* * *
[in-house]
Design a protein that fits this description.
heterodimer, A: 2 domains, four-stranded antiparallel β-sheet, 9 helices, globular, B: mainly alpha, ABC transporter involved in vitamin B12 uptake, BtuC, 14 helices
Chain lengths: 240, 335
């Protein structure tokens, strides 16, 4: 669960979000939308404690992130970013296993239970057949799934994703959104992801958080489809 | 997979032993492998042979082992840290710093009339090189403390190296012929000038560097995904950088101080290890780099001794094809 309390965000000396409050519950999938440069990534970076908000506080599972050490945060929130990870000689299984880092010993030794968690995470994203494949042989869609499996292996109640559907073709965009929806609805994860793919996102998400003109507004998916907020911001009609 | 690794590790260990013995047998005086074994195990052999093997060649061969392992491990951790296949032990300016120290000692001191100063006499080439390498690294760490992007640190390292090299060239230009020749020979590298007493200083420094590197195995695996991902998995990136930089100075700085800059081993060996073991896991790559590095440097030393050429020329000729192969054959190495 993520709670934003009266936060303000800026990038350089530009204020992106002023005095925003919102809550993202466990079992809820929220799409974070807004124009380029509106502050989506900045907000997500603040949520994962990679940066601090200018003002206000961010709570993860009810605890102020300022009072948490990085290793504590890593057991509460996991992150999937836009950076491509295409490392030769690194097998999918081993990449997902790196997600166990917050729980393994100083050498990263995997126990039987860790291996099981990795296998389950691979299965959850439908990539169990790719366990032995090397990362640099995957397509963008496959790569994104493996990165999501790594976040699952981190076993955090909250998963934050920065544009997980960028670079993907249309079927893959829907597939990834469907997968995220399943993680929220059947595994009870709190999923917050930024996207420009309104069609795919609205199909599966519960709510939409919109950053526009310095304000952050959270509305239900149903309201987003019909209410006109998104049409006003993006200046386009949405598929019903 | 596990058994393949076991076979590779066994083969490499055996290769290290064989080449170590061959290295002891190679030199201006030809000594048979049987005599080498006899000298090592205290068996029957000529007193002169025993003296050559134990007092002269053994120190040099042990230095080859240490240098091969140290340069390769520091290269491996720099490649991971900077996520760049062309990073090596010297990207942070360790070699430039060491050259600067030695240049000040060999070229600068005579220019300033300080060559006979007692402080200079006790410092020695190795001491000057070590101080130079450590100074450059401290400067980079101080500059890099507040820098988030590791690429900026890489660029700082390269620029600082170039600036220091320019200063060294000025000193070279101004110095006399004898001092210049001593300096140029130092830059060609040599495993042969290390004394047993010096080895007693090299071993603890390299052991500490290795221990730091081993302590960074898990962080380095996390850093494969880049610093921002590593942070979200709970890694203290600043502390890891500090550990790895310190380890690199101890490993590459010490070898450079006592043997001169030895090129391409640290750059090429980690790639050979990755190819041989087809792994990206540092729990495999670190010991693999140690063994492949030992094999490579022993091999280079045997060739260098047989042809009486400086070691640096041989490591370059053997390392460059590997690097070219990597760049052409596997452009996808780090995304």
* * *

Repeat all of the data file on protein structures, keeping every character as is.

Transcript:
[in-house]
Design a protein that fits this description.
heterodimer, A: 2 domains, four-stranded antiparallel β-sheet, 9 helices, globular, B: mainly alpha, ABC transporter involved in vitamin B12 uptake, BtuC, 14 helices
Chain lengths: 240, 335
């Protein structure tokens, strides 16, 4: 669960979000939308404690992130970013296993239970057949799934994703959104992801958080489809 | 997979032993492998042979082992840290710093009339090189403390190296012929000038560097995904950088101080290890780099001794094809 309390965000000396409050519950999938440069990534970076908000506080599972050490945060929130990870000689299984880092010993030794968690995470994203494949042989869609499996292996109640559907073709965009929806609805994860793919996102998400003109507004998916907020911001009609 | 690794590790260990013995047998005086074994195990052999093997060649061969392992491990951790296949032990300016120290000692001191100063006499080439390498690294760490992007640190390292090299060239230009020749020979590298007493200083420094590197195995695996991902998995990136930089100075700085800059081993060996073991896991790559590095440097030393050429020329000729192969054959190495 993520709670934003009266936060303000800026990038350089530009204020992106002023005095925003919102809550993202466990079992809820929220799409974070807004124009380029509106502050989506900045907000997500603040949520994962990679940066601090200018003002206000961010709570993860009810605890102020300022009072948490990085290793504590890593057991509460996991992150999937836009950076491509295409490392030769690194097998999918081993990449997902790196997600166990917050729980393994100083050498990263995997126990039987860790291996099981990795296998389950691979299965959850439908990539169990790719366990032995090397990362640099995957397509963008496959790569994104493996990165999501790594976040699952981190076993955090909250998963934050920065544009997980960028670079993907249309079927893959829907597939990834469907997968995220399943993680929220059947595994009870709190999923917050930024996207420009309104069609795919609205199909599966519960709510939409919109950053526009310095304000952050959270509305239900149903309201987003019909209410006109998104049409006003993006200046386009949405598929019903 | 596990058994393949076991076979590779066994083969490499055996290769290290064989080449170590061959290295002891190679030199201006030809000594048979049987005599080498006899000298090592205290068996029957000529007193002169025993003296050559134990007092002269053994120190040099042990230095080859240490240098091969140290340069390769520091290269491996720099490649991971900077996520760049062309990073090596010297990207942070360790070699430039060491050259600067030695240049000040060999070229600068005579220019300033300080060559006979007692402080200079006790410092020695190795001491000057070590101080130079450590100074450059401290400067980079101080500059890099507040820098988030590791690429900026890489660029700082390269620029600082170039600036220091320019200063060294000025000193070279101004110095006399004898001092210049001593300096140029130092830059060609040599495993042969290390004394047993010096080895007693090299071993603890390299052991500490290795221990730091081993302590960074898990962080380095996390850093494969880049610093921002590593942070979200709970890694203290600043502390890891500090550990790895310190380890690199101890490993590459010490070898450079006592043997001169030895090129391409640290750059090429980690790639050979990755190819041989087809792994990206540092729990495999670190010991693999140690063994492949030992094999490579022993091999280079045997060739260098047989042809009486400086070691640096041989490591370059053997390392460059590997690097070219990597760049052409596997452009996808780090995304």